Aesthetic plastic surgery, also known as cosmetic surgery, has gained tremendous popularity over the past 15 years and the number of procedures, both surgical and non-surgical, has increased by 200-300%.
We are fortunate, as with this increase in popularity, there has been tremendous improvement in technique, allowing plastic surgeons to obtain reproducible and natural results in most cases.
But what age is “too old” for plastic surgery? There is no black and white answer to this question, as each individual is different. Certainly there have been many patients in their seventies and even eighties who have had facial plastic surgery. The same is true for other procedures as well. Recently, I performed a rhinoplasty (nose surgery) on a spritely 65 year old female. After taking care of every one else in her family, she decided it was time to take care of herself!
If a patient has common medical conditions (such as high blood pressure, diabetes, etc.) which are well controlled, the risk of complications are very low. A recent article from the Journal of Plastic and Reconstructive Surgery looked at advanced age and safety of ambulatory (out patient) surgery. The article states, “In sum, although various data illustrate that older age”(over 65 years of age) “can modestly increase the risk of intraoperative and/or postoperative complications associated with ambulatory surgery, this risk is arguably not great enough to constitute a contraindication to ambulatory surgery based on advanced age alone.”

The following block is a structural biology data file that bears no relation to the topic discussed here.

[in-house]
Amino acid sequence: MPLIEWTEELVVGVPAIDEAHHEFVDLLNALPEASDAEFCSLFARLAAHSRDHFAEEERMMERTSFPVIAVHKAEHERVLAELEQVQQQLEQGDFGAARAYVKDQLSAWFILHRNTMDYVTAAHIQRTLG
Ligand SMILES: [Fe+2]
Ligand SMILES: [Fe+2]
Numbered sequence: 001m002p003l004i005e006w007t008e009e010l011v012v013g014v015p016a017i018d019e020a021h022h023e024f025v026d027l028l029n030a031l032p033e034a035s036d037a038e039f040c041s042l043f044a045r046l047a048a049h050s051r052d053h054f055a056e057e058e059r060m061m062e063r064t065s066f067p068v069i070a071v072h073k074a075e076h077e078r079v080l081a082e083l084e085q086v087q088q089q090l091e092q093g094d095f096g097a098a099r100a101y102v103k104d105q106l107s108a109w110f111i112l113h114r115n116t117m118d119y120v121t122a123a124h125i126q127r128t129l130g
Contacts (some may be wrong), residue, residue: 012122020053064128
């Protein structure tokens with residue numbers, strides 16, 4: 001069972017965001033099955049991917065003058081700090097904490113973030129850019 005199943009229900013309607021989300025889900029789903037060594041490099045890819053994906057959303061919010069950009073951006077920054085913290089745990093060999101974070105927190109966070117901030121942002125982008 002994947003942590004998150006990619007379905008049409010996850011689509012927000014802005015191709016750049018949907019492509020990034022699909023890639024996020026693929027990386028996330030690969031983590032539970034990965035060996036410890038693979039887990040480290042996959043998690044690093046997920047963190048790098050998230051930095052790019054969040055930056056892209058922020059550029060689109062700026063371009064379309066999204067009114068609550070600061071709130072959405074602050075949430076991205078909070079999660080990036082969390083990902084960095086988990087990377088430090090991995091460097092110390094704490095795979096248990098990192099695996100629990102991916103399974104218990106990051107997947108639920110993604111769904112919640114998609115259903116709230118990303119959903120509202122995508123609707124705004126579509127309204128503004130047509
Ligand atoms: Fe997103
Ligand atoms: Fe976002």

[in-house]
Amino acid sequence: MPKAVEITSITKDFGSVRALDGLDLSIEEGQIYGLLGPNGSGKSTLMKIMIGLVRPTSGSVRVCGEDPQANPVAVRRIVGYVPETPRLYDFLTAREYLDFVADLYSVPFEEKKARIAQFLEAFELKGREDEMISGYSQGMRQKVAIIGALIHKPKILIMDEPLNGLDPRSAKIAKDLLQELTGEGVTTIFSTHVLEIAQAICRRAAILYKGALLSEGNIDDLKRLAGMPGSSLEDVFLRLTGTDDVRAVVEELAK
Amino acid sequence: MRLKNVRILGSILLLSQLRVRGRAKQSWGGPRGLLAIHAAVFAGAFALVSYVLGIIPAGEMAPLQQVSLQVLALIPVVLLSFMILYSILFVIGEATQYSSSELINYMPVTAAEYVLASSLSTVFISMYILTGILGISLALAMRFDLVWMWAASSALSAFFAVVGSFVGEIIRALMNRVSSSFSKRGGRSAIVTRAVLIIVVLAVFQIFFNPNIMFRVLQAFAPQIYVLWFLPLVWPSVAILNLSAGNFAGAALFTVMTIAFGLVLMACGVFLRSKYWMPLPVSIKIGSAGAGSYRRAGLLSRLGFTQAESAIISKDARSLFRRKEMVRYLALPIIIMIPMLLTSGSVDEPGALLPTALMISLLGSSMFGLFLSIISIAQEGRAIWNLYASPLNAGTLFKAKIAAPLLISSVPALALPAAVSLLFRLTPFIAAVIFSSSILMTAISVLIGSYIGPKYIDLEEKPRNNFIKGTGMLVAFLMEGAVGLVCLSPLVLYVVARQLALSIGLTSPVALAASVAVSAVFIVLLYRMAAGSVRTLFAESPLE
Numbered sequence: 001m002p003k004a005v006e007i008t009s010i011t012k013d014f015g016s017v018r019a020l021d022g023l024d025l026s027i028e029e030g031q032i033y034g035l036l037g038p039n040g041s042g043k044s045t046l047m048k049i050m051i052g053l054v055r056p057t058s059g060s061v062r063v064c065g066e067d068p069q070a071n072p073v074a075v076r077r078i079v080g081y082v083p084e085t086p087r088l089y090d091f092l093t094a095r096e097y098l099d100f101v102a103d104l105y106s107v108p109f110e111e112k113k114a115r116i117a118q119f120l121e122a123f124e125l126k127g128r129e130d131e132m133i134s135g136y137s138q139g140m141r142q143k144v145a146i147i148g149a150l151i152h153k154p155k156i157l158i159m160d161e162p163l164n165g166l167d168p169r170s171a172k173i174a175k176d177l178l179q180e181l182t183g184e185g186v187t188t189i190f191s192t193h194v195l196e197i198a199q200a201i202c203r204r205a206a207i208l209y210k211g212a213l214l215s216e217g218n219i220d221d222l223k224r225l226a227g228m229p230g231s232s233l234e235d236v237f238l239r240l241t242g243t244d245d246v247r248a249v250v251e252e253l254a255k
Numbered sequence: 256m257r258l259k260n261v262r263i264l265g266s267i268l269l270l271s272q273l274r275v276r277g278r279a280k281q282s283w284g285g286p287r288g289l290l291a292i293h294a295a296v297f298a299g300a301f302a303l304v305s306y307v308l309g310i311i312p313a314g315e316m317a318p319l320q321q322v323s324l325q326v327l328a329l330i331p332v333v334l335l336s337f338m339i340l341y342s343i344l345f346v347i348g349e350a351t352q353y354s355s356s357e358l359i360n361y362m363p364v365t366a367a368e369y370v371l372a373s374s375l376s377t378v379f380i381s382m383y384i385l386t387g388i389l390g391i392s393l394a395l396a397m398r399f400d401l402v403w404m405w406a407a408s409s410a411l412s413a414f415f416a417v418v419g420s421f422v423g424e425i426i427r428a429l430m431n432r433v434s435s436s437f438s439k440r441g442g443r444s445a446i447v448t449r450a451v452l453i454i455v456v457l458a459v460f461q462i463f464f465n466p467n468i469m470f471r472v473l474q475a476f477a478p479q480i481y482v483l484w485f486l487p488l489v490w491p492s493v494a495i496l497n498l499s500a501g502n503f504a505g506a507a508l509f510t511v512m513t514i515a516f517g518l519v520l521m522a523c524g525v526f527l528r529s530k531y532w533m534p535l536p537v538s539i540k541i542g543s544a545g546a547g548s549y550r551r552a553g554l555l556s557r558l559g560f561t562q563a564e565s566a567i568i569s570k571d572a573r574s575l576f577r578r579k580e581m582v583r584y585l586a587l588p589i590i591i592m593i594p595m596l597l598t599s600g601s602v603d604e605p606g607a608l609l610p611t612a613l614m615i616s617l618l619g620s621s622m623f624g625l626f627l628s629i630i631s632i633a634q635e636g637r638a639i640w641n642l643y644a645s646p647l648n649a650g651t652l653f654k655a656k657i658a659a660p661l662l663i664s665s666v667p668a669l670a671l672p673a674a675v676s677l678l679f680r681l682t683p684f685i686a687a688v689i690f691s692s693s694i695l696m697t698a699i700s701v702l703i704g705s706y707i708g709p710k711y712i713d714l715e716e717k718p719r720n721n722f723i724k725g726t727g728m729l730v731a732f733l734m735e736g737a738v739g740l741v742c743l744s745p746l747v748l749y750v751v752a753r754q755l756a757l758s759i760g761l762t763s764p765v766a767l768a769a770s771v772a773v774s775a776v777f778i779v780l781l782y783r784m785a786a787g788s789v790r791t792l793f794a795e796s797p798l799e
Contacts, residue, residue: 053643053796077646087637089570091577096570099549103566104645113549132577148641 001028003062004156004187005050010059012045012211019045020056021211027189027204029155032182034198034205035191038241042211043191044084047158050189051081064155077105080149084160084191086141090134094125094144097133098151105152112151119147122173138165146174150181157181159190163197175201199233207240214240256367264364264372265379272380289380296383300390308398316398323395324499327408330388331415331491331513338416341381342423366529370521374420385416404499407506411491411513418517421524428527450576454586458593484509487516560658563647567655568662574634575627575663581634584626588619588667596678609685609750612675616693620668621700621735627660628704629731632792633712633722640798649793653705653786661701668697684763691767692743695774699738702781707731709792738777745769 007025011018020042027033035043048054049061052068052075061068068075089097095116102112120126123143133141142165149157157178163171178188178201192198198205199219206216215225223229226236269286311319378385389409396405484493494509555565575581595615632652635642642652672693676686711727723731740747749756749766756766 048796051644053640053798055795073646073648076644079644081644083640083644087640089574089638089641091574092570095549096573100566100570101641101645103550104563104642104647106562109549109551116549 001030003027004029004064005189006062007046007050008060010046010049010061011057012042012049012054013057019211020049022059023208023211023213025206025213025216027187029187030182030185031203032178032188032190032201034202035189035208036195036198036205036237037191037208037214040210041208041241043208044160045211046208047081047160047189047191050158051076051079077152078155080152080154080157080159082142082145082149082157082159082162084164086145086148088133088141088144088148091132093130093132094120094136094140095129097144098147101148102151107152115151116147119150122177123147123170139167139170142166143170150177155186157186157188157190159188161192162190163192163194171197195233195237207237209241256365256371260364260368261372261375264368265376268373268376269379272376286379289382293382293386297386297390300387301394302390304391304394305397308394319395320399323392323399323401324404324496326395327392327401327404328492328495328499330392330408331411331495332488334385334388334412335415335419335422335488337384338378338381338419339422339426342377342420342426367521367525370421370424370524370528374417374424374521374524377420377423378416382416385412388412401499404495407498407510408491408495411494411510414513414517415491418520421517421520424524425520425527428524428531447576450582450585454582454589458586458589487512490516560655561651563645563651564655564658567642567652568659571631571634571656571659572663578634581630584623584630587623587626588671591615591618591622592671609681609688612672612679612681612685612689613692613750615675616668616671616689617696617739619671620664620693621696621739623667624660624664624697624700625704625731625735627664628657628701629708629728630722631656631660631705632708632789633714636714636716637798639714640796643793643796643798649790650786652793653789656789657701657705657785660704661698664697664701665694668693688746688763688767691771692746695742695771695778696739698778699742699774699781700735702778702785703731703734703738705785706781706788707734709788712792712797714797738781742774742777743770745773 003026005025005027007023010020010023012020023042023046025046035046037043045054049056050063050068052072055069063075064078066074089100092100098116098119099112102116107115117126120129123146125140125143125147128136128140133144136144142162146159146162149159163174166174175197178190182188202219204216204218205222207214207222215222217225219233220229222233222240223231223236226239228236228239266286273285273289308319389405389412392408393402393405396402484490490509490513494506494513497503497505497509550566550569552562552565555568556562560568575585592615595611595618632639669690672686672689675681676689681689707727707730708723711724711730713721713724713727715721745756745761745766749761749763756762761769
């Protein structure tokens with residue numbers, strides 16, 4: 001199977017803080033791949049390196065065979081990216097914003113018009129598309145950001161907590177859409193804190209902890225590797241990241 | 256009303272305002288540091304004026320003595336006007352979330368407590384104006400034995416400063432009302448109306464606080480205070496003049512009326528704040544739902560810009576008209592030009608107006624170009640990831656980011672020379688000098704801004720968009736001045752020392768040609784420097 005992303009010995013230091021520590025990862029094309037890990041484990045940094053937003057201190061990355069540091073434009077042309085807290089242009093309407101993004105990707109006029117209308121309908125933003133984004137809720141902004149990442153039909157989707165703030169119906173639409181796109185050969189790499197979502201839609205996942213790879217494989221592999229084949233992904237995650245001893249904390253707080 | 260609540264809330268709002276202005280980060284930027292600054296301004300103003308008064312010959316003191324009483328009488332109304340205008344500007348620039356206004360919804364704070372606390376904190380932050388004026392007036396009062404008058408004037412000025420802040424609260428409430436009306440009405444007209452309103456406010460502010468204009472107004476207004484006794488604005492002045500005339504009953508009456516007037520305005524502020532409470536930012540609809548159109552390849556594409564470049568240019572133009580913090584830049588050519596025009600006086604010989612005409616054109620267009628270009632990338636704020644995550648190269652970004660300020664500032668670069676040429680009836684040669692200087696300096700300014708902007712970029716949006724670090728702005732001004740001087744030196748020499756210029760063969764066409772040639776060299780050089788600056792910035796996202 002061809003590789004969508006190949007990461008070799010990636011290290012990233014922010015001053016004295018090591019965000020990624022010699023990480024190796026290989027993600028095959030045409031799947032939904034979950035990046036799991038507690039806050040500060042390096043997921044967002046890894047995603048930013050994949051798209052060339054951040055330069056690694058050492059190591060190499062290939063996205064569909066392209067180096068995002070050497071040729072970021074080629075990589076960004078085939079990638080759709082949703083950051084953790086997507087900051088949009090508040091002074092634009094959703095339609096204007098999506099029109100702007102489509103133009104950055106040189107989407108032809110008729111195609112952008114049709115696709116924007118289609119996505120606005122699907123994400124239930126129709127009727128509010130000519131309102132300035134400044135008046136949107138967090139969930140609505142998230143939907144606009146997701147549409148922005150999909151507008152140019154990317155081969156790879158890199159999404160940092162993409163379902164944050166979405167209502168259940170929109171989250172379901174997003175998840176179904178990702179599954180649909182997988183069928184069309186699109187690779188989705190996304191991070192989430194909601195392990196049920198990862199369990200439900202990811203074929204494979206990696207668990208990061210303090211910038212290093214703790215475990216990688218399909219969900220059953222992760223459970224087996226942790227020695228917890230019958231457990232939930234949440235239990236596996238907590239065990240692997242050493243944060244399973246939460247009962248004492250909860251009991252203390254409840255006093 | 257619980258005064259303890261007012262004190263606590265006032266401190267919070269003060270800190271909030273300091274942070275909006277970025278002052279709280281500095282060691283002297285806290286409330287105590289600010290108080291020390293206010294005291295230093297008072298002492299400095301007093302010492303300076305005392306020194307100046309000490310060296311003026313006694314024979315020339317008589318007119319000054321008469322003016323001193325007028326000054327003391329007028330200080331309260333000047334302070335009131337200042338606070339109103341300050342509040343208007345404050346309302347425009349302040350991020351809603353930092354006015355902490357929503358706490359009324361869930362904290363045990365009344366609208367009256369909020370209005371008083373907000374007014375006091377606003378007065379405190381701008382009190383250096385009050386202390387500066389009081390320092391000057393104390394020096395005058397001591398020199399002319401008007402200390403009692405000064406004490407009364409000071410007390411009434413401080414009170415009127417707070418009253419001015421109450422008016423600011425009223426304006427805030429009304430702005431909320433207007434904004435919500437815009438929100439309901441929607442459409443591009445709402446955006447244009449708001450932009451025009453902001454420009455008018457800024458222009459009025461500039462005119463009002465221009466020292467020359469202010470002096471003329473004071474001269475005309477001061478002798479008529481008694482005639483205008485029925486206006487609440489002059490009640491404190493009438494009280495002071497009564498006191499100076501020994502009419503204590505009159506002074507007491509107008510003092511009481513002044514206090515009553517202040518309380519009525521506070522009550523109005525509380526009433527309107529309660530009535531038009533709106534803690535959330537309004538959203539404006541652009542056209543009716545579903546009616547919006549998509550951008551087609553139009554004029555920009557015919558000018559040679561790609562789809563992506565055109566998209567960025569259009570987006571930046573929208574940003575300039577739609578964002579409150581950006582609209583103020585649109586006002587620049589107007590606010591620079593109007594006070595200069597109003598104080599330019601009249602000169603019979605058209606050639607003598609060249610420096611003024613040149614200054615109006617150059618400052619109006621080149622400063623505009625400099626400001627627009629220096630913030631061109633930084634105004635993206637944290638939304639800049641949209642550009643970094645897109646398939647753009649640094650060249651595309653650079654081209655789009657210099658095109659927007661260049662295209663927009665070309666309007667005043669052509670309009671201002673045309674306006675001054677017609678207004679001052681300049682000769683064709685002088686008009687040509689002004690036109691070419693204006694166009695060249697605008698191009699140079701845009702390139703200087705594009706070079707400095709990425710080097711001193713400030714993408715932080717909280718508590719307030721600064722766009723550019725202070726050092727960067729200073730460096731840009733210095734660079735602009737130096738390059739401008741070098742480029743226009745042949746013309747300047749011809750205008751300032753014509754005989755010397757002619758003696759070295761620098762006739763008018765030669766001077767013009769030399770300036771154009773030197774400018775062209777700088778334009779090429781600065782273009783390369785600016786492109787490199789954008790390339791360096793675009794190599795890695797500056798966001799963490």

There has also been data on the risk of death from general anesthesia in an outpatient setting. The risk of death from general anesthesia in this setting is 1 in 50,000. Assuming a plastic surgeon performs 500 cases per year under general anesthesia (I am not aware of any plastic surgeon with such a high volume of procedures), it will take 100 years to reach 50,000 cases! In comparison, the risk of death while driving is 1 in 5,000 (which is ten times higher). To achieve this low risk, however, requires the patient to be medically cleared for surgery, the surgery be performed in an accredited surgery center, with a board certified plastic surgeon who is well-trained and safe.
Fortunately, many procedures can also be performed under local anesthesia, reducing the complication rate even lower. Procedures such as liposuction, upper and lower eye lid surgery, some types of face lifts, ear set-back surgery, chin augmentation, mini tummy tuck, mole removal and certain types of lasers for facial rejuvenation can be performed under local anesthesia. In addition to higher safety, there is an additional benefit of lower cost to the patient as there is no anesthesiologist or surgery center fees.